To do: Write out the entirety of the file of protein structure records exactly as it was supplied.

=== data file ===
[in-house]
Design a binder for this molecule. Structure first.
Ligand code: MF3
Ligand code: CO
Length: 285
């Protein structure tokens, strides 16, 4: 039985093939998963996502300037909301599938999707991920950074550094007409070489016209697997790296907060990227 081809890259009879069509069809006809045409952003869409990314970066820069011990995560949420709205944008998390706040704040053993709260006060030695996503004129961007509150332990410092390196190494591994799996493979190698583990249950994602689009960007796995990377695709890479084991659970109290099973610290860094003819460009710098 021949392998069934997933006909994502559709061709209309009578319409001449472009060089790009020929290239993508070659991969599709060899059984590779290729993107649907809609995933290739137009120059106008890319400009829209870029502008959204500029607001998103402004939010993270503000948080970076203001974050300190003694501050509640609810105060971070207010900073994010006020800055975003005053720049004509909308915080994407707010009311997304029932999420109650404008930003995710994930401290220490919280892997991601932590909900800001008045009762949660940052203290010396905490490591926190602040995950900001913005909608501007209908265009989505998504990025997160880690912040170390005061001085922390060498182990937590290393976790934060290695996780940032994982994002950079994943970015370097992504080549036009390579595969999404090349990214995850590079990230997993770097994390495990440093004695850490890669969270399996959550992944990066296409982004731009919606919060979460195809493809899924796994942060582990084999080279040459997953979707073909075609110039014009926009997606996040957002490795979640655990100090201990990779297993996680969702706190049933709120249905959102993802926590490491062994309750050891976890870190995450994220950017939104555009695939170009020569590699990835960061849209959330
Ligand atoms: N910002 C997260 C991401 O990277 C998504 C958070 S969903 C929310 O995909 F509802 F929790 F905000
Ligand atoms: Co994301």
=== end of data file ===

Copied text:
[in-house]
Design a binder for this molecule. Structure first.
Ligand code: MF3
Ligand code: CO
Length: 285
């Protein structure tokens, strides 16, 4: 039985093939998963996502300037909301599938999707991920950074550094007409070489016209697997790296907060990227 081809890259009879069509069809006809045409952003869409990314970066820069011990995560949420709205944008998390706040704040053993709260006060030695996503004129961007509150332990410092390196190494591994799996493979190698583990249950994602689009960007796995990377695709890479084991659970109290099973610290860094003819460009710098 021949392998069934997933006909994502559709061709209309009578319409001449472009060089790009020929290239993508070659991969599709060899059984590779290729993107649907809609995933290739137009120059106008890319400009829209870029502008959204500029607001998103402004939010993270503000948080970076203001974050300190003694501050509640609810105060971070207010900073994010006020800055975003005053720049004509909308915080994407707010009311997304029932999420109650404008930003995710994930401290220490919280892997991601932590909900800001008045009762949660940052203290010396905490490591926190602040995950900001913005909608501007209908265009989505998504990025997160880690912040170390005061001085922390060498182990937590290393976790934060290695996780940032994982994002950079994943970015370097992504080549036009390579595969999404090349990214995850590079990230997993770097994390495990440093004695850490890669969270399996959550992944990066296409982004731009919606919060979460195809493809899924796994942060582990084999080279040459997953979707073909075609110039014009926009997606996040957002490795979640655990100090201990990779297993996680969702706190049933709120249905959102993802926590490491062994309750050891976890870190995450994220950017939104555009695939170009020569590699990835960061849209959330
Ligand atoms: N910002 C997260 C991401 O990277 C998504 C958070 S969903 C929310 O995909 F509802 F929790 F905000
Ligand atoms: Co994301």